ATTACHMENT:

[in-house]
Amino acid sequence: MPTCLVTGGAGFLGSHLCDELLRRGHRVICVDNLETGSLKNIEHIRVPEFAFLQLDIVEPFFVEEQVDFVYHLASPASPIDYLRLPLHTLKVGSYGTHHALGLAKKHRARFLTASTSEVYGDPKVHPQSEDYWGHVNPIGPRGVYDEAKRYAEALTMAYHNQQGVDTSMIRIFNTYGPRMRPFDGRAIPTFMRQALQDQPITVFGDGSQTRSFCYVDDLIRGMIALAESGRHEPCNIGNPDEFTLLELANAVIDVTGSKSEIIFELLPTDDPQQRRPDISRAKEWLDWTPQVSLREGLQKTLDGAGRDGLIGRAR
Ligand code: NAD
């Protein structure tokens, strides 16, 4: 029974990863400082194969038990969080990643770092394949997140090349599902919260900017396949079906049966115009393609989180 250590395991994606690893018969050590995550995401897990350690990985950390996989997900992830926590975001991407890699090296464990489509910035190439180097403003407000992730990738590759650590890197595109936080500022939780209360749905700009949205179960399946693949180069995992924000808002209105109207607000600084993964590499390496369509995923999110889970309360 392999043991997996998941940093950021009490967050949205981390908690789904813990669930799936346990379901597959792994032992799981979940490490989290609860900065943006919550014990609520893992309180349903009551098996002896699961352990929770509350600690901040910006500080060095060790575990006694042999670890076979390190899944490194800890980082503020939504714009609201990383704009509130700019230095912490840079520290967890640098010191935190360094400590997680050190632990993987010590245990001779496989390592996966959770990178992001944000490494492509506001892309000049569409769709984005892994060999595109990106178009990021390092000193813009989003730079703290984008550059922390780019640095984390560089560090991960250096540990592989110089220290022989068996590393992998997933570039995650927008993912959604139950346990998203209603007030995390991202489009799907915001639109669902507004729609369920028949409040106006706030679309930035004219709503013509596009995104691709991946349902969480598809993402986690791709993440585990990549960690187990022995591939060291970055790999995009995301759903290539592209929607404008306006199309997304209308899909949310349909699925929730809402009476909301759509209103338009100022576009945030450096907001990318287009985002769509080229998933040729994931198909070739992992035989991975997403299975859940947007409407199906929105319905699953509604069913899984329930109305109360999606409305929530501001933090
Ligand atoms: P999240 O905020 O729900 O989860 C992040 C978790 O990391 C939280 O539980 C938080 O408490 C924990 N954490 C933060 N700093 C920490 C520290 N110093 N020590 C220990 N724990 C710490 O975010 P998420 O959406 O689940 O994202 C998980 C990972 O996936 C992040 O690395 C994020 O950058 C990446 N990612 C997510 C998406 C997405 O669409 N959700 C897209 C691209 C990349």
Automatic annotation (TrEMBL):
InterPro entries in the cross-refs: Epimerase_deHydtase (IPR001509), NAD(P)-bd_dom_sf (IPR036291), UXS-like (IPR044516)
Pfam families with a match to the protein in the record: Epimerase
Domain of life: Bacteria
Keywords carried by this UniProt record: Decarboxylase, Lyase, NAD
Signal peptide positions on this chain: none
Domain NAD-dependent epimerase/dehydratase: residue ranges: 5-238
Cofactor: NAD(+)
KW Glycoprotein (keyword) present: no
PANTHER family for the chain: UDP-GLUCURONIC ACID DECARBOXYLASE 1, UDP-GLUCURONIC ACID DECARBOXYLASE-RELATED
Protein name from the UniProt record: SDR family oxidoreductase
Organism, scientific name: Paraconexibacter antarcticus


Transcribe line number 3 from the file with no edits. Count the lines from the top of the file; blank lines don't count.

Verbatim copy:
Ligand code: NAD